The two executives each bring over 25 years of history developing and organizing government services banking programs and will apply this experience in helping to establish Fulton Bank’s new venture, the Lancaster, Pennsylvania-based company said Monday.
“We are confident that this dynamic duo will lift our government services business to new heights and provide our customers with the first-rate service they deserve,” said Sue Lonergan, director of middle market and specialized commercial lending at Fulton.
Heine created the specialty government contracting lending group at Citizens Bank (formerly Mellon Bank) in 1993 and has since worked at various Washington, D.C. area financial institutions. Her most recent role prior to coming to Fulton was at City National Bank, where she was senior vice president and commercial banking manager, east coast group head, aerospace, defense and government services.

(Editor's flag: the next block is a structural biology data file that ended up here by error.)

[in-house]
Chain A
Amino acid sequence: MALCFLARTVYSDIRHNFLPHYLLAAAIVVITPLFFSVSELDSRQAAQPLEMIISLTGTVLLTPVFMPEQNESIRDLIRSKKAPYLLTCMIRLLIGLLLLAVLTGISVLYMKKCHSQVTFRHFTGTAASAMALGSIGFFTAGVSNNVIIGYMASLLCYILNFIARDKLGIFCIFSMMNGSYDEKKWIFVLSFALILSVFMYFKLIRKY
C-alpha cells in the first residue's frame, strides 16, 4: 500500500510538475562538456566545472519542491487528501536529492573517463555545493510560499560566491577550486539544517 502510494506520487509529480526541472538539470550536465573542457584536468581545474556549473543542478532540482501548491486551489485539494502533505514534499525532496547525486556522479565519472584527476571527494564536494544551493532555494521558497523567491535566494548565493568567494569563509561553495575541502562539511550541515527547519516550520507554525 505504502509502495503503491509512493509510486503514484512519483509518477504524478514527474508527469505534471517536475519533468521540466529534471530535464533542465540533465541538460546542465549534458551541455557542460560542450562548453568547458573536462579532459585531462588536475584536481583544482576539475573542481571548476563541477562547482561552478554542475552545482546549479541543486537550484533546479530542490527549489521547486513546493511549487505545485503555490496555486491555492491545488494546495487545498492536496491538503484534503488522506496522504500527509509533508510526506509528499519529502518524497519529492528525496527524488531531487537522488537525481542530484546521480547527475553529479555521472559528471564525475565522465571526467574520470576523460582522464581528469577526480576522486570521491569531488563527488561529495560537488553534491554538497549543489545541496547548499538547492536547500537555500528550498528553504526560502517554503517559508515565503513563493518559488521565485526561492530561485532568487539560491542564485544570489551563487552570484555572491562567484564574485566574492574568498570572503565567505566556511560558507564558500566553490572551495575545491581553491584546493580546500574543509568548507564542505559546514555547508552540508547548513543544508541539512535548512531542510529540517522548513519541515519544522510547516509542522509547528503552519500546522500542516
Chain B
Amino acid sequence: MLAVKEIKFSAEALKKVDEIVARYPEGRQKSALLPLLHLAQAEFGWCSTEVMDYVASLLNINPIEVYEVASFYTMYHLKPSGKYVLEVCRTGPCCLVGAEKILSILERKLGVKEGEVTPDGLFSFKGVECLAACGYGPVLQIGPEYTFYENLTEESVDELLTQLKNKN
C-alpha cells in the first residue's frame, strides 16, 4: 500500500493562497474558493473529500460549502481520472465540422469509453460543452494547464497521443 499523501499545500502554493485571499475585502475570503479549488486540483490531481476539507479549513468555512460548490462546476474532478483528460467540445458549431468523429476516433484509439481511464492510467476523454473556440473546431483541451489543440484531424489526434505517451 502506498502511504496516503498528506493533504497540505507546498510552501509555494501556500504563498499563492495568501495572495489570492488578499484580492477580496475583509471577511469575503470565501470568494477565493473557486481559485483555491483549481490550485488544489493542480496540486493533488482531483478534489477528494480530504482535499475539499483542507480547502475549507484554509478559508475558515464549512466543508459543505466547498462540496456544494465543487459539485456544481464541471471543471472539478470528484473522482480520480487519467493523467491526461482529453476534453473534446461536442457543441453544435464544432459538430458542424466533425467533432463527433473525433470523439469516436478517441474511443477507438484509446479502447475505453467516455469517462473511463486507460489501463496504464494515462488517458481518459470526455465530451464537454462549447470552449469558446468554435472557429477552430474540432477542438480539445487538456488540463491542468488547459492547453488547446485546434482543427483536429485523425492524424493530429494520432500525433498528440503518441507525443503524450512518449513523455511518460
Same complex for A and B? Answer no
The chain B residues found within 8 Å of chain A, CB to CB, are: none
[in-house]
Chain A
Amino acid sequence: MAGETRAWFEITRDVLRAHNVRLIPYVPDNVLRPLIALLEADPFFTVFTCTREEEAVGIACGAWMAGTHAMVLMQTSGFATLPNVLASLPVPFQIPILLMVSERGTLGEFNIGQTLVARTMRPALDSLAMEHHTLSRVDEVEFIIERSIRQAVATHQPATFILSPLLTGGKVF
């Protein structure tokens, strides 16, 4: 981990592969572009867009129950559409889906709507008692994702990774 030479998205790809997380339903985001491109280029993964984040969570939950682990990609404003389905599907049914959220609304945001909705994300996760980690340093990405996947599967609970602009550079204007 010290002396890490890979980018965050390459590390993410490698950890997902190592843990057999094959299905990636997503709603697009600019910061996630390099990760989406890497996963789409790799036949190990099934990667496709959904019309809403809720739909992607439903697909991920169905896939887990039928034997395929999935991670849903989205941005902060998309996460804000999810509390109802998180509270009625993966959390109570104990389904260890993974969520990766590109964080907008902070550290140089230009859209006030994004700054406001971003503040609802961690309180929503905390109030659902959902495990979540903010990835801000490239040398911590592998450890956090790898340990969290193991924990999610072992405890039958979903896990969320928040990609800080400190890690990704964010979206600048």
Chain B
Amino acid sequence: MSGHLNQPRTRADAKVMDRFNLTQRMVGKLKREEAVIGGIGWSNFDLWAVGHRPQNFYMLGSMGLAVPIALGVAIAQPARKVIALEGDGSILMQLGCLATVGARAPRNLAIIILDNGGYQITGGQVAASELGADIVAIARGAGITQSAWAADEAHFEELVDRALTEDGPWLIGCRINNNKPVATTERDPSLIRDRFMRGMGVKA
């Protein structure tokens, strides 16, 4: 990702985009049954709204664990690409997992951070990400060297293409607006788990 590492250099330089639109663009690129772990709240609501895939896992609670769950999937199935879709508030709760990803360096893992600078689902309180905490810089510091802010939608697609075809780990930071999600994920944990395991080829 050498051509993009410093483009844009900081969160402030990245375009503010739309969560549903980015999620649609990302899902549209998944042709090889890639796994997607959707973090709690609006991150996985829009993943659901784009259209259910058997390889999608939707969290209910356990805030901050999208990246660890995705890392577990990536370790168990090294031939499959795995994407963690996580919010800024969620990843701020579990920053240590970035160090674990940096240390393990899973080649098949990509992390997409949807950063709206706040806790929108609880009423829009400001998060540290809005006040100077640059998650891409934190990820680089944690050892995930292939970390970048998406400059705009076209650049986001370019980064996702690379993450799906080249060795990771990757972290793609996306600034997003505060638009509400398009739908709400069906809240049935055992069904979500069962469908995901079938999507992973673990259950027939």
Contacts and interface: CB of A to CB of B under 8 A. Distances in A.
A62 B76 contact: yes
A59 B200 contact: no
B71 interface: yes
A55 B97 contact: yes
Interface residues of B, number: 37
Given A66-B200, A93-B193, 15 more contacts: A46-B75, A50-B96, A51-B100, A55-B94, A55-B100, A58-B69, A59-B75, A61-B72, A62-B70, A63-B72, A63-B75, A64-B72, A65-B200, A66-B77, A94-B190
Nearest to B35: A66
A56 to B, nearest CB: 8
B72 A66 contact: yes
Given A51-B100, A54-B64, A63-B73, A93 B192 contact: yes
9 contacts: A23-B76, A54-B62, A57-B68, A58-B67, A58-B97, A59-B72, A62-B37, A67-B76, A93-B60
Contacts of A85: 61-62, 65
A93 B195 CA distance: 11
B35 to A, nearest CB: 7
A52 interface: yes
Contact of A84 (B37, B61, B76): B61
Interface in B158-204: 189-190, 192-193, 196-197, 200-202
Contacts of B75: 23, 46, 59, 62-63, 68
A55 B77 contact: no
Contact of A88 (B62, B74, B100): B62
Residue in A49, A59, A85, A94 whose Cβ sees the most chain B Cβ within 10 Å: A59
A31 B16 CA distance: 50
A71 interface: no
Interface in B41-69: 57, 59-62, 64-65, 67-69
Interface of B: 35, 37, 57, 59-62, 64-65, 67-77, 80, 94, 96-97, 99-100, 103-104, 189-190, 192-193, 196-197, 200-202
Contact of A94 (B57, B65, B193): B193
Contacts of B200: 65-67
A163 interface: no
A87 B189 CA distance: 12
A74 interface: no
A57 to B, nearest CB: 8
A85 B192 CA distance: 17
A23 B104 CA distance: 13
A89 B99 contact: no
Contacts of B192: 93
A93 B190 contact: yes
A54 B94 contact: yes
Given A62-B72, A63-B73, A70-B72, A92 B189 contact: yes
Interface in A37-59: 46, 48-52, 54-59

Heine’s specialties include commercial real estate, corporate finance, mergers and acquisitions and strategic planning. The executive’s title at Fulton is senior vice president and director of government services banking.
Josephs was a relationship manager of the government contracting group at Bank of America (formerly NationsBank and American Security Bank) from 1989 to 1995 and subsequently occupied a number of government contracting division positions at banks, including at Citizens Bank during the same period Heine was present. The last 10 years of her career have been located in the DMV.
The latter executive also comes to Fulton from City National Bank, where she was senior vice president and relationship manager of the aerospace, defense and government services segment.
Josephs excels in treasury management, credit risk management and mortgage lending, among others. Her title at Fulton is senior vice president and senior relationship manager of government services banking.
“Maria and I have worked together for most of our careers. It’s great to be able to build this business line for Fulton Bank together,” Heine shared, adding that Fulton was a draw due to its “great culture and purpose of changing lives for the better.”